Sunrise at the farm
The sun rises in the front of the house and sets in the back. I notice these things now that I’m living at the farm full-time.
We’ve had such a long/short year of sick and broken things. My annual State of the Farm address in years past noted how long we’d gone without a colic (knock wood) or a lameness or a wound, but things were only fine on the surface. The façade was intact, but there was so little that was real or true. Life isn’t about things not being wrong – it’s about how we deal with the lot we’ve been given. (I think I just copied an eCard). Having walked through some pretty intense illnesses this year, both with the horses and the humans, I am more connected to the heart of things than I ever was in the past. I’ve witnessed the incredible spirit of our barn family first hand and I know I am surrounded by some rare and genuine people. The answer always comes. It might have four feet or two; it might blow in on a gust of wind, but it comes, quietly, without any herald or fanfare.
I’d emailed a friend in one of those moments of desperation, up at dawn with a sick horse. I asked her what our string of bad luck meant. She offered some words of wisdom that kept the question with me. I needed to turn my attention to the things that truly mattered.
I have time now to relish tiny, vastly important things that used to be a headache when I lived across town and was always trying to hurry up and close up the barn and head home.
Matilda has a habit of getting her feet stuck in buckets. This draft cross mare is HUGE and her ability to stand in a full water bucket hanging from the wall as she craned her neck to watch for the feed cart passing is the stuff of legends, and a vice that forced me to keep her in a paddock for several years. She’s older now and has been back in a stall at night for a while, but twice we’ve altered the hanging of her buckets after finding her standing, quietly, with a foot raised out in front of her in salute, stuck in a bucket. She doesn’t panic. I have a lot to learn from Matilda about how to manage stress. But if she panicked she would be able to release herself by breaking the hay string our last fete of bucket engineering brought us. We’ve tried hanging them low; we’ve tried hanging them high. Matilda just stands there – on three legs — waiting for someone to feed her and possibly free her as an afterthought. She’s in it for the food.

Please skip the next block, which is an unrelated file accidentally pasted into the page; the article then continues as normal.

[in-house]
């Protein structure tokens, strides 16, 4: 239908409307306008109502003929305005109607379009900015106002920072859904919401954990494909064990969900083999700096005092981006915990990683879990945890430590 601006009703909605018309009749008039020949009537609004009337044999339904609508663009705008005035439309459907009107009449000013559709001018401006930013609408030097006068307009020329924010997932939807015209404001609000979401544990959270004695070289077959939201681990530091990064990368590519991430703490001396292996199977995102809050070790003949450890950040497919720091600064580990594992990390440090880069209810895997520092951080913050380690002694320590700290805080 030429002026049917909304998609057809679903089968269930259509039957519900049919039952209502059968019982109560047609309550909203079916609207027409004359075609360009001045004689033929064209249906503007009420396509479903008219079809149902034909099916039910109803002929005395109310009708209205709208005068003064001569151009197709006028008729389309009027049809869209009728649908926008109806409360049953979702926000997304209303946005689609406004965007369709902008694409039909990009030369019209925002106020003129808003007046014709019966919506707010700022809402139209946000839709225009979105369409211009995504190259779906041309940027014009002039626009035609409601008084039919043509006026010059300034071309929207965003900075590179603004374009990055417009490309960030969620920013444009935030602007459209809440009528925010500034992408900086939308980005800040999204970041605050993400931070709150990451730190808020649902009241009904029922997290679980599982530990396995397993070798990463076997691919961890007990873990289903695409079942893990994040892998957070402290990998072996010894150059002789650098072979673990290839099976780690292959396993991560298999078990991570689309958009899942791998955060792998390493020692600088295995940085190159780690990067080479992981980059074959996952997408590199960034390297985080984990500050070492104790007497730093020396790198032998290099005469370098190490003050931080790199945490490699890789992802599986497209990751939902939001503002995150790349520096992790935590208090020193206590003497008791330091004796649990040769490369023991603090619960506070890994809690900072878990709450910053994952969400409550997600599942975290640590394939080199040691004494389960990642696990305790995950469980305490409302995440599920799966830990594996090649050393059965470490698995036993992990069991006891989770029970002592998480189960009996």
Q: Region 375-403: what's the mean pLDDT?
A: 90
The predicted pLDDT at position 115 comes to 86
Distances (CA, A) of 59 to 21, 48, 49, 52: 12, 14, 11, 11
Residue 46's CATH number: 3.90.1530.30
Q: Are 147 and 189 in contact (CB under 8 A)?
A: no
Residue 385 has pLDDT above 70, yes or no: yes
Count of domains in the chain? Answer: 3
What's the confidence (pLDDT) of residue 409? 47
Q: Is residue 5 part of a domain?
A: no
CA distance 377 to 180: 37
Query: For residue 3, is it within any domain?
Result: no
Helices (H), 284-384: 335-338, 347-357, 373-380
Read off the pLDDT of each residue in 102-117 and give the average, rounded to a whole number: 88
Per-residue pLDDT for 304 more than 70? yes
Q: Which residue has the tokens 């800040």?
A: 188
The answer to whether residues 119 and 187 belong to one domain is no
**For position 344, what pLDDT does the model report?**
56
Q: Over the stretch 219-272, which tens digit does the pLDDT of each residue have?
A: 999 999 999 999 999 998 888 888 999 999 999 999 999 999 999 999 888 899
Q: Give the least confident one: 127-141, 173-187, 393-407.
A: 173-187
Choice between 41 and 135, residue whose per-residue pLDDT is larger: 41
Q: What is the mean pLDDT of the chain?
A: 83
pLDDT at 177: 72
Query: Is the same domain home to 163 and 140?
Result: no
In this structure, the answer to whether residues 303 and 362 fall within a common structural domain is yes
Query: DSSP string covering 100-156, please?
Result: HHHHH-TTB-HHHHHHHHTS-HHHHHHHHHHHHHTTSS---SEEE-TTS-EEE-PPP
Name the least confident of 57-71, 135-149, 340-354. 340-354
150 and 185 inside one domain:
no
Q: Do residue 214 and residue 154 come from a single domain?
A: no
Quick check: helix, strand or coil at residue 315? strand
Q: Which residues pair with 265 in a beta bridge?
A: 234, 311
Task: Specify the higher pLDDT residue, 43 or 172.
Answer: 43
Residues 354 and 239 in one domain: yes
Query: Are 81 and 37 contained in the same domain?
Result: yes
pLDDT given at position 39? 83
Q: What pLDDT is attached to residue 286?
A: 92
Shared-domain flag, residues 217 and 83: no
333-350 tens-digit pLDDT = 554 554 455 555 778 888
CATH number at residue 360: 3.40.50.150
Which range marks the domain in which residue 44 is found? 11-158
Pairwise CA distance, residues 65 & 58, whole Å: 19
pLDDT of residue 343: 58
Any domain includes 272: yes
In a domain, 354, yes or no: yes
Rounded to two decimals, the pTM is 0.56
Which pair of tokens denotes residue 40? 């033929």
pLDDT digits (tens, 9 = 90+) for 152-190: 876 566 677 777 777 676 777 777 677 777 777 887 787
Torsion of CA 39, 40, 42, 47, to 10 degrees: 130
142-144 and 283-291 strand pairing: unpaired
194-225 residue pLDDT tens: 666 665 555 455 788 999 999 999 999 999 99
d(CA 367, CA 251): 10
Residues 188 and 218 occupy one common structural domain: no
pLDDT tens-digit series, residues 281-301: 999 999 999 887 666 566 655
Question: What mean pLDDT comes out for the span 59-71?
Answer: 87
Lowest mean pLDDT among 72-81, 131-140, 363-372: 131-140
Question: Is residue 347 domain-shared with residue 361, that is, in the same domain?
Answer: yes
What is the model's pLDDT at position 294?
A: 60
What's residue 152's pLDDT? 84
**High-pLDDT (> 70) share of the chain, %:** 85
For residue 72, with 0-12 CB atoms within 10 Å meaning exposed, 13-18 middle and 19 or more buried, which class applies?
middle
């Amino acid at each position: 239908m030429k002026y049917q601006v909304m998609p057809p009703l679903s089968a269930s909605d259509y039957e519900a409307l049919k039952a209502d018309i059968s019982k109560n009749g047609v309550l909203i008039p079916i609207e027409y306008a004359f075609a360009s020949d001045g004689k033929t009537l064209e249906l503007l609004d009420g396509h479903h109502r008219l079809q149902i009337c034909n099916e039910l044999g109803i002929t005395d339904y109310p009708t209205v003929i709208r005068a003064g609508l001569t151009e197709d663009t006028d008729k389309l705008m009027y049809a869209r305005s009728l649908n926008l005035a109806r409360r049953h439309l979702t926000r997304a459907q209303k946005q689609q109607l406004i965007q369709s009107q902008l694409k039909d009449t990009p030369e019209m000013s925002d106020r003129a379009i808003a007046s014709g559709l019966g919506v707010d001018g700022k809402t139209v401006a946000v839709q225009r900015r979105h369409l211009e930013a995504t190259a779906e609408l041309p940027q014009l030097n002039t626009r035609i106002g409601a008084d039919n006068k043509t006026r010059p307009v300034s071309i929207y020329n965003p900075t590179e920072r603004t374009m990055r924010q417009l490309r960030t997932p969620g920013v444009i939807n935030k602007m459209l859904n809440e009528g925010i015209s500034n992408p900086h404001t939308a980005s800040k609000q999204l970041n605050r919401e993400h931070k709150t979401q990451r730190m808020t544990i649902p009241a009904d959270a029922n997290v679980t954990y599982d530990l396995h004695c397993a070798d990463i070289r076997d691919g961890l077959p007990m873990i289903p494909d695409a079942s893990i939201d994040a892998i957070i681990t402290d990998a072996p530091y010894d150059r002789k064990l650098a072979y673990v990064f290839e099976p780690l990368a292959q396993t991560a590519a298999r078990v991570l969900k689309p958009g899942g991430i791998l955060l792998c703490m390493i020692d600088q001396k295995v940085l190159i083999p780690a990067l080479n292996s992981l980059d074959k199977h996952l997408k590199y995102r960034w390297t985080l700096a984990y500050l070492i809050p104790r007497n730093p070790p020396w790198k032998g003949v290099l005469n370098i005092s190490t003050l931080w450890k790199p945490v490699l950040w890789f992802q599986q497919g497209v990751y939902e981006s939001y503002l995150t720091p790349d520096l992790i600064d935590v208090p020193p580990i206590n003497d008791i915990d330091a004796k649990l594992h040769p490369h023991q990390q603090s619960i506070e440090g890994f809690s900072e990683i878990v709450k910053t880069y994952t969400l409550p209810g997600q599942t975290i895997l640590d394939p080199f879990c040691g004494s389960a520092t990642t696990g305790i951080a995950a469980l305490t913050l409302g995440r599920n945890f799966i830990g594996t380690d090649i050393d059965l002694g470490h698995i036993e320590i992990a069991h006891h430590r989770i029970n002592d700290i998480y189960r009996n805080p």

So we installed a Rubbermaid container as a makeshift trough in her stall. I figure the worse she could do is flood her floor or stand in the container. You can read more about Matilda’s bucket antics at Sarah Boudreaux’s Matilda Project blog.
Last night as I was giving hay and closing up, I realized her bucket was filthy, so she might have been standing in it, or some bedding was thrown around when her stall was being cleaned. Having nowhere else to be, I didn’t have to wait until the morning for weekly water scrubbing, so I bailed the trough out bucket by bucket as Matilda munched hay and watched me like a movie or a sports show — Human Moves Buckets. I rinsed the trough out and waited for it to fill. She curved her head around and stared at me.
So I pressed my ear against her side and listened to her stomach. She breathed and I breathed and pressed closer into the thick, giant, warmth of her. Having the time, finally, to think and to press close, I became acutely aware of the creature’s whole sixteen hundred pounds, amazed that she’s fine with me being there with her, sharing hay and water.
I’m more conscious of water use in the house now that I’m off city water in my normal, doing dishes/laundry, human-time. We’re vastly conservative in our water use at the farm, being on a well. It makes me think of all the sacred wells I’ve visited in Turkey, Russia, Portugal. Blessed water that was hauled bucket by bucket for normal, human-things: washing dishes, doing laundry, drinking. Living at the farm, drinking from this well, reminds me to turn the water off when I’m brushing my teeth, to soap dishes up and rinse them, separately, together. The horses and I share the same water for living now and that communion makes every drop of it a prayer.
When I was at one my lowest points a few years ago, another friend offered the best advice, “Take some time to pet dogs every day.” As we head into a new year and new adventures, I wish all of you the time to do tiny, vastly important things. Look for something thirsty and give it water.
Or as Neil Gaiman says much better in his children’s book, Instructions:
if any creature tells you that it hungers,
If it tells you that it is dirty,
If it cries to you that it hurts,
if you can,
ease its pain.
From the back garden you will be able to see the wild wood.